Every once in a while, we need to be reminded that even if our homes don't embody the "a place for everything, and everything in its place" philosophy, we're moving in the right direction. Finding consistent, logical homes for our things is possible when we remember to view our styles as strengths, and plan our systems accordingly.

    Thursday, March 17, 2016

    3 Keys Thursday: Tax Time

    Dodgerton Skillhause via Morguefile
    I spent hours on Saturday organizing my notes and receipts for taxes. While my Type A organizer friends are already getting their refund checks, I'm still dragging my feet, finding plenty of other things that are more exciting than getting my tax paperwork together.

    In some ways, though, it wasn't really that bad. Having learned my lesson after the disaster that was tax planning 2013, I came up with a system that I (mostly) use which minimized the amount of time I had to spend tracking things down. I only ran into trouble when -- you guessed it -- my system was incomplete or I'd put off doing something that could now no longer be avoided.

    How did your tax system work this year? If it needs a few tweaks, consider these three tips.

    • Be true to your styles. You knew I was going to say that, didn't you? Whether it's file folders, an accordion folder, an app or shoe boxes labeled by category, pick something easy to use. Otherwise, the system will break down long before you need to sit down and pull everything together.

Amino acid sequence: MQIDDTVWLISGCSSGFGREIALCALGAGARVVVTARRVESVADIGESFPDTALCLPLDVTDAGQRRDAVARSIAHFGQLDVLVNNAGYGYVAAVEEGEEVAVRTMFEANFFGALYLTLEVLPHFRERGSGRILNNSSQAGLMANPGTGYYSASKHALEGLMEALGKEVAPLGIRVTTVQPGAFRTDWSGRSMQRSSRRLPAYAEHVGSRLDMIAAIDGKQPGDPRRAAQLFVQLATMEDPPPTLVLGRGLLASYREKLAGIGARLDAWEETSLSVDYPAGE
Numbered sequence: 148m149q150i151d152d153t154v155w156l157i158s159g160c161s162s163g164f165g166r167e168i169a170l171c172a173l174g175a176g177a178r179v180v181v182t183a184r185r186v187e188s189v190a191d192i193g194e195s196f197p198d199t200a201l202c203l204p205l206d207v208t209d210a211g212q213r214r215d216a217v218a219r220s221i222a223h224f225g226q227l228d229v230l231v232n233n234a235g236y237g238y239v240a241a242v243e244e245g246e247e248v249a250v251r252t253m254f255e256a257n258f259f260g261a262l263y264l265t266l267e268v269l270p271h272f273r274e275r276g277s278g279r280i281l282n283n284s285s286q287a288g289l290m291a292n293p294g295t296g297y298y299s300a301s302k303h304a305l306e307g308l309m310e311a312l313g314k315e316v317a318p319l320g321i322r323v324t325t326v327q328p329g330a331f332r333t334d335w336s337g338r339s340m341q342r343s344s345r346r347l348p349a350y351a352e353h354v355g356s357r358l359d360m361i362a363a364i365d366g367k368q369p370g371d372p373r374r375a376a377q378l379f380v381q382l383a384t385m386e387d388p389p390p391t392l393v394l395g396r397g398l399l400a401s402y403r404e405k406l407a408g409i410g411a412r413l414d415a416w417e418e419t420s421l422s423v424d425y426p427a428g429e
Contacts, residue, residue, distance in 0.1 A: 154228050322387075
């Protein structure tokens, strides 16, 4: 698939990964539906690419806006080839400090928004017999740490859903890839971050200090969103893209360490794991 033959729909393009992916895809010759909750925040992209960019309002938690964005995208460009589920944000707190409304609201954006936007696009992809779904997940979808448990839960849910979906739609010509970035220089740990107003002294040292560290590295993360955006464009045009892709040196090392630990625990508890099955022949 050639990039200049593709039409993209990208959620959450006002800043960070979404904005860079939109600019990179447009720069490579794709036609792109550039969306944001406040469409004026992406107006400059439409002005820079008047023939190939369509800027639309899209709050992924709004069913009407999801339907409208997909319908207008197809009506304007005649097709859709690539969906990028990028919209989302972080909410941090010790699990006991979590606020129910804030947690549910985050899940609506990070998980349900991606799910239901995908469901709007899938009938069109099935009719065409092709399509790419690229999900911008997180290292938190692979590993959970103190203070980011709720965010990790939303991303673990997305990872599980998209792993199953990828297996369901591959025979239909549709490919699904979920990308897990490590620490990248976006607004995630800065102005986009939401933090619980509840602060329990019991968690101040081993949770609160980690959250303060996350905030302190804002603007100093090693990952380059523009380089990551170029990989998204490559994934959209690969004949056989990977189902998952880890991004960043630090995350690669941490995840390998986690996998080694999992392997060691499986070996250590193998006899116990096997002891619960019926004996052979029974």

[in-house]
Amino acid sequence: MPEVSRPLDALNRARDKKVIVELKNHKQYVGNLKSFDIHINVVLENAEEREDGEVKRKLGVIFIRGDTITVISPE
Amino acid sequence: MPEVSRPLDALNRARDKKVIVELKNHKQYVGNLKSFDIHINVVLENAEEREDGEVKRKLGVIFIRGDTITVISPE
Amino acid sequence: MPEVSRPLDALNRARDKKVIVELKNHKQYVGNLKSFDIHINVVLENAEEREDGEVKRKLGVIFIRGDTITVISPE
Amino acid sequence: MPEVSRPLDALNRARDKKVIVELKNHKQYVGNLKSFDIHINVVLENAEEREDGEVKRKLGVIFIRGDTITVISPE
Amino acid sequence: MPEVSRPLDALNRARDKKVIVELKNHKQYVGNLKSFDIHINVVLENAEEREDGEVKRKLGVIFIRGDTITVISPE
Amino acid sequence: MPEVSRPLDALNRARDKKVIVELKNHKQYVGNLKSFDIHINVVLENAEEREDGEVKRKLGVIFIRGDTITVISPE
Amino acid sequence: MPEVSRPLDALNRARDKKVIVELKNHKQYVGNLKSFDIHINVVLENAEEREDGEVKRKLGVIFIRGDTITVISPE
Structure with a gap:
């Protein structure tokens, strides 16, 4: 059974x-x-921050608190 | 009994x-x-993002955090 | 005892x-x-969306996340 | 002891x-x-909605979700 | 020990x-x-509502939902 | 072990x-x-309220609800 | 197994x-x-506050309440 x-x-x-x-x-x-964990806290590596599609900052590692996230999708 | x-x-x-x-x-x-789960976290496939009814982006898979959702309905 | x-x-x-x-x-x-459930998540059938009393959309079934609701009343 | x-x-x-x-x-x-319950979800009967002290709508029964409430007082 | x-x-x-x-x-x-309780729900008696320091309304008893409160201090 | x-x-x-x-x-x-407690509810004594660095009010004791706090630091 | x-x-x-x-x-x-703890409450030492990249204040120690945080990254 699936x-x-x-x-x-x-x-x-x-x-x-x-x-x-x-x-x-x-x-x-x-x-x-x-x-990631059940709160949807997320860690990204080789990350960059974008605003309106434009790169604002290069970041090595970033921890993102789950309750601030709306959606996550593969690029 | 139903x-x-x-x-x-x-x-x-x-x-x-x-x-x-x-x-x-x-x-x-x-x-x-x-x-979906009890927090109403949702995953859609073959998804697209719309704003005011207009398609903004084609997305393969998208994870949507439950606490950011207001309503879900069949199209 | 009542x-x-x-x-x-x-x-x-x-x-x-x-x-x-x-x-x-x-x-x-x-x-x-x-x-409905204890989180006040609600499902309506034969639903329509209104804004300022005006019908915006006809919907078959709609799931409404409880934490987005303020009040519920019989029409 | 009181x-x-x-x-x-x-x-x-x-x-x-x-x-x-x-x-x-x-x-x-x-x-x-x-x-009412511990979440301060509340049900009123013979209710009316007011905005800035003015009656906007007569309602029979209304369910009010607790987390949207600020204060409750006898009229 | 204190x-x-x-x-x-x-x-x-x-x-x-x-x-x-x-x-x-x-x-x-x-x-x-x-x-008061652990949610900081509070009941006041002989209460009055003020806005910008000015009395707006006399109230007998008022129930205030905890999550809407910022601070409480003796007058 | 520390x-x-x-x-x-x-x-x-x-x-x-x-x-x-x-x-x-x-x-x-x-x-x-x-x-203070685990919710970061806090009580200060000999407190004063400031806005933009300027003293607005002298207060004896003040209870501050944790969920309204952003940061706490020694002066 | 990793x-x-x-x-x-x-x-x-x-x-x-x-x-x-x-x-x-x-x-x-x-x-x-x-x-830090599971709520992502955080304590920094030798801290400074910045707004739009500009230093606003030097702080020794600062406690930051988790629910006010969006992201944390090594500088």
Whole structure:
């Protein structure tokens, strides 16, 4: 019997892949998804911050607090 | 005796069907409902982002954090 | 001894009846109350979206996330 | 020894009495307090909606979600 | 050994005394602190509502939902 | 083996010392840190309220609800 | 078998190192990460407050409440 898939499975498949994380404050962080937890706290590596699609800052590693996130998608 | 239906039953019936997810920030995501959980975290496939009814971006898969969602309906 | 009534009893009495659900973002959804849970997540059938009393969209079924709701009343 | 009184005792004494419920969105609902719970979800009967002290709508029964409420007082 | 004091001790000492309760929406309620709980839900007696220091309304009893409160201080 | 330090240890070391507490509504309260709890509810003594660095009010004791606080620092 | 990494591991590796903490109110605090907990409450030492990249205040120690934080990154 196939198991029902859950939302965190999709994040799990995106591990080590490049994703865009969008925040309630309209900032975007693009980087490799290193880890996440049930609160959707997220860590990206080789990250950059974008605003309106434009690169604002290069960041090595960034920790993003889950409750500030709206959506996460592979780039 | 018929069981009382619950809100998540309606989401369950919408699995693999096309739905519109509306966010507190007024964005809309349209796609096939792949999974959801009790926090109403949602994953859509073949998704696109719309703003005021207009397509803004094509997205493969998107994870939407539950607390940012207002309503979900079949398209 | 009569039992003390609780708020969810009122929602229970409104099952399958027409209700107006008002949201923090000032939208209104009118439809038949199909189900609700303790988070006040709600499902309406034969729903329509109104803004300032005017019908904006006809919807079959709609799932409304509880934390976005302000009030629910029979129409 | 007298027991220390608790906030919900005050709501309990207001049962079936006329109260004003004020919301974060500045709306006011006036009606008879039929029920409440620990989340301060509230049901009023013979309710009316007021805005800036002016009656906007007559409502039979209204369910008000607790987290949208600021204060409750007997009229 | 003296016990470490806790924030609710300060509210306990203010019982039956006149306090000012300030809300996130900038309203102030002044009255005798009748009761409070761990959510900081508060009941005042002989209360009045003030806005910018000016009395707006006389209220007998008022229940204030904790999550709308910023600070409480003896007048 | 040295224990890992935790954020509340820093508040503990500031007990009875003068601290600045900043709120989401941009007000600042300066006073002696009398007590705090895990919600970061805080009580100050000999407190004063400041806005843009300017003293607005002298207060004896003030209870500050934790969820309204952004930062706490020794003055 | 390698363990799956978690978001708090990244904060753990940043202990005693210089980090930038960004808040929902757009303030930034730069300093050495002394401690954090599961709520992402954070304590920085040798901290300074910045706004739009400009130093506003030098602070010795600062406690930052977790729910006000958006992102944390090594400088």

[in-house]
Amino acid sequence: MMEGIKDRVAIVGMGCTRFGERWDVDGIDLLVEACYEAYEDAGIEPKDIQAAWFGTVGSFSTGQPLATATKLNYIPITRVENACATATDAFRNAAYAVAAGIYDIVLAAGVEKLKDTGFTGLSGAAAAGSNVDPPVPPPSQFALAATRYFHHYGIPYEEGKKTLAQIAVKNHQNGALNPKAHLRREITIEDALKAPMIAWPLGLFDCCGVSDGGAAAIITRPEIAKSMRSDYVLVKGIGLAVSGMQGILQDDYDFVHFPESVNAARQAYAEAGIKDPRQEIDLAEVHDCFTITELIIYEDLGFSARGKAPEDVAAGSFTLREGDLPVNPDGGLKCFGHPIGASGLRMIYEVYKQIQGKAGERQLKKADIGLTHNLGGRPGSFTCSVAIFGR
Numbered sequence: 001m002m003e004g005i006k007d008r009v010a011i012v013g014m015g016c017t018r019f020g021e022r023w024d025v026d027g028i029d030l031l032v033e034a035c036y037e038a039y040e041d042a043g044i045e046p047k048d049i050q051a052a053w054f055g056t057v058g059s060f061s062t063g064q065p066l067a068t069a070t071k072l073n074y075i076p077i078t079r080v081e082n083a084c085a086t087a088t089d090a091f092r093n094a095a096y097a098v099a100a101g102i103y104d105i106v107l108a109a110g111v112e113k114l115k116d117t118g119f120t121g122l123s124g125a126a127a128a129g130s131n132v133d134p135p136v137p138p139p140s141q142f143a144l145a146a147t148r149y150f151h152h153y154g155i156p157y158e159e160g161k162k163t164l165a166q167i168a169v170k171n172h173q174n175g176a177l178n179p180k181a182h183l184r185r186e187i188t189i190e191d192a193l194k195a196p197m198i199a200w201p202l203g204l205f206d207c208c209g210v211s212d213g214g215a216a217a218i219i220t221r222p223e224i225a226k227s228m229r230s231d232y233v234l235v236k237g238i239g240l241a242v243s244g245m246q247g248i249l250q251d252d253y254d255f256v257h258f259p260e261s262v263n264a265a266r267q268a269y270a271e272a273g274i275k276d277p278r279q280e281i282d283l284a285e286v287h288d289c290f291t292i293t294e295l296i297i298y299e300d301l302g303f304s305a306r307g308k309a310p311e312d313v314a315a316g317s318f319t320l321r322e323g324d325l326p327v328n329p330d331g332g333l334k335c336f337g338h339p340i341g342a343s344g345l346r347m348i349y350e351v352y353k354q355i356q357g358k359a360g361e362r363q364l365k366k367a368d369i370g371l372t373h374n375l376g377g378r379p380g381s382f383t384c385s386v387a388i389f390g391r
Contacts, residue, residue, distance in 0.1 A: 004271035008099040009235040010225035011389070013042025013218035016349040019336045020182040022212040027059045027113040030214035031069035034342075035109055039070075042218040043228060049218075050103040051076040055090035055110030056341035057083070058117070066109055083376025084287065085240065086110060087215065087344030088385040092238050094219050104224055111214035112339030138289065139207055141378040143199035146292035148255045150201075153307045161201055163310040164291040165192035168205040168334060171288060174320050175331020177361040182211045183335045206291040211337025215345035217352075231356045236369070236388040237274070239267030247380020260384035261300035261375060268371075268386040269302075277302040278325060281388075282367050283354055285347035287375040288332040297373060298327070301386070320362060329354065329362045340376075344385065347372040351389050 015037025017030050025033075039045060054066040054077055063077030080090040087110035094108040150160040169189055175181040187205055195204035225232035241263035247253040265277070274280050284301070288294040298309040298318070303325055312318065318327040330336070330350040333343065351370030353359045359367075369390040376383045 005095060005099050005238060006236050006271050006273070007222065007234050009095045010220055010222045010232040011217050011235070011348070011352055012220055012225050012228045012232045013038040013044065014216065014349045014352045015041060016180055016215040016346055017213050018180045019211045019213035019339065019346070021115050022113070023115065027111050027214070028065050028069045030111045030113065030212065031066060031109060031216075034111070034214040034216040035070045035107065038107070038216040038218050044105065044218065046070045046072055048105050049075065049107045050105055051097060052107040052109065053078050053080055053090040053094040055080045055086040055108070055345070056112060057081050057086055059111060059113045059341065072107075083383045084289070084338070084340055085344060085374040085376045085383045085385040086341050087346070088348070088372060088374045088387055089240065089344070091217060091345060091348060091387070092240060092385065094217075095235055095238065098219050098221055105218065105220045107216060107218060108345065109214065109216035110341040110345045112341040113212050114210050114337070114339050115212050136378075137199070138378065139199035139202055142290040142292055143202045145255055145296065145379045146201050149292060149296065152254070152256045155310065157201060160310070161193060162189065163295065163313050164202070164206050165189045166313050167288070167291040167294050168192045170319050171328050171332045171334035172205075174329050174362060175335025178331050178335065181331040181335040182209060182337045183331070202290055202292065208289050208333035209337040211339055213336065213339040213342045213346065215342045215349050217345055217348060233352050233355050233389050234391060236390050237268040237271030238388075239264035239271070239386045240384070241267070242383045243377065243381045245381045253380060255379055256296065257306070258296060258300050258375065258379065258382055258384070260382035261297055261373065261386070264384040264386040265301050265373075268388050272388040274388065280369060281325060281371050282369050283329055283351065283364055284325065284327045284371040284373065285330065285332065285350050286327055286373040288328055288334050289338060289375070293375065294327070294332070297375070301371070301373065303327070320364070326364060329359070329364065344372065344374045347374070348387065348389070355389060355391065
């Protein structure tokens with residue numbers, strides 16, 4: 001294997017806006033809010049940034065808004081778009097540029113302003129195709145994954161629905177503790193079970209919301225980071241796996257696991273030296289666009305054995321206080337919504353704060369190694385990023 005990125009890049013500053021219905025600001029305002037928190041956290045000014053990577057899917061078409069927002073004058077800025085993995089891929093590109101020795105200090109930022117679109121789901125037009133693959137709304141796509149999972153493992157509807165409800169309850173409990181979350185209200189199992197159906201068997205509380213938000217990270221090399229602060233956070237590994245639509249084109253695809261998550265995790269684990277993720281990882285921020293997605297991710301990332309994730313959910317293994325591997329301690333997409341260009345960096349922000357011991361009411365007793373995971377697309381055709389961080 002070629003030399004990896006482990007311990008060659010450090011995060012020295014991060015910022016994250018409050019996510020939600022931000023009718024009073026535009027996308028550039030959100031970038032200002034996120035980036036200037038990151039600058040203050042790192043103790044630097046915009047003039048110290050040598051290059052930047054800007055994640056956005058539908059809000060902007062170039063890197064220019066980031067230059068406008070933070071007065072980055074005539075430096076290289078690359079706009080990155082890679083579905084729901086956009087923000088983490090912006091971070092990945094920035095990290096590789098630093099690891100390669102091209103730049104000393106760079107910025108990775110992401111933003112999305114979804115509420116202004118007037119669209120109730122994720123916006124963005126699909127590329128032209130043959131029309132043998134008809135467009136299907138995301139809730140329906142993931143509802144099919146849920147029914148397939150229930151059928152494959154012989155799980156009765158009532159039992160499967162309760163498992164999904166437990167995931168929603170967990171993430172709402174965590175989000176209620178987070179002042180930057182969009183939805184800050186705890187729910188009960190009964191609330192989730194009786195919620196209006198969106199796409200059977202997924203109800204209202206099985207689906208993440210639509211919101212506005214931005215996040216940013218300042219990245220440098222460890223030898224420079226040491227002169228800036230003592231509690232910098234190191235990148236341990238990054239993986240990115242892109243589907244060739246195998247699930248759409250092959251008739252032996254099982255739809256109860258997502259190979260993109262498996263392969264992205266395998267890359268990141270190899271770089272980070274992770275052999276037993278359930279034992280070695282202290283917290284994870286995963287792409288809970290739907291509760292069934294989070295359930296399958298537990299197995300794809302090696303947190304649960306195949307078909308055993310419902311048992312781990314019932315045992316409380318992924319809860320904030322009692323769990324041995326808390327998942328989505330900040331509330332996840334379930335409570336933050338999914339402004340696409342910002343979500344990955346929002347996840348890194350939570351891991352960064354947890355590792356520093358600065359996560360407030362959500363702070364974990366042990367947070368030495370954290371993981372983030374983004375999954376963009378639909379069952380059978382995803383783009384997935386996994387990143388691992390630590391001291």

• Categorize. Again, whether it's file folders, an accordion folder or shoe boxes labeled by category, keeping things separated by category all year long makes it much easier to summarize   things in an organized, manageable fashion. Even if you cram and jam everything into shoe boxes, using separate shoe boxes makes the eventual sorting process much easier.
    • Print it out. PayPal's monthly statements made my record-keeping so much easier. The one change I will make for next year is printing them out sooner -- monthly or quarterly -- so they're already in my files when I need them. Printing as you go also saves you from unexpected problems -- like the receipt that I could no longer produce because an email issue earlier this year resulted in the loss of a block of emails that included that receipt.
    Cohdra via Morguefile
    I'm happy to report that the system I developed in response to the marathon tax paperwork session of 2013 is working well, and that Saturday's session wasn't nearly as painful as I expected it to be. With a few tweaks, 2016 will be even better. 

    Wednesday, March 16, 2016

    A Few of My Favorite Tools

    staples.com
    Maybe it was the tax paperwork (which you'll read about tomorrow) or maybe it was the weather, but I was in an organizing mood last weekend. I've always enjoyed organizing, but since I've started using style-based strategies, I like it even more. I know which tools work for me, and I'm quick to say "thanks, but no thanks" to those who suggest strategies that sound great but don't work for me (binders and file cabinets, anyone?).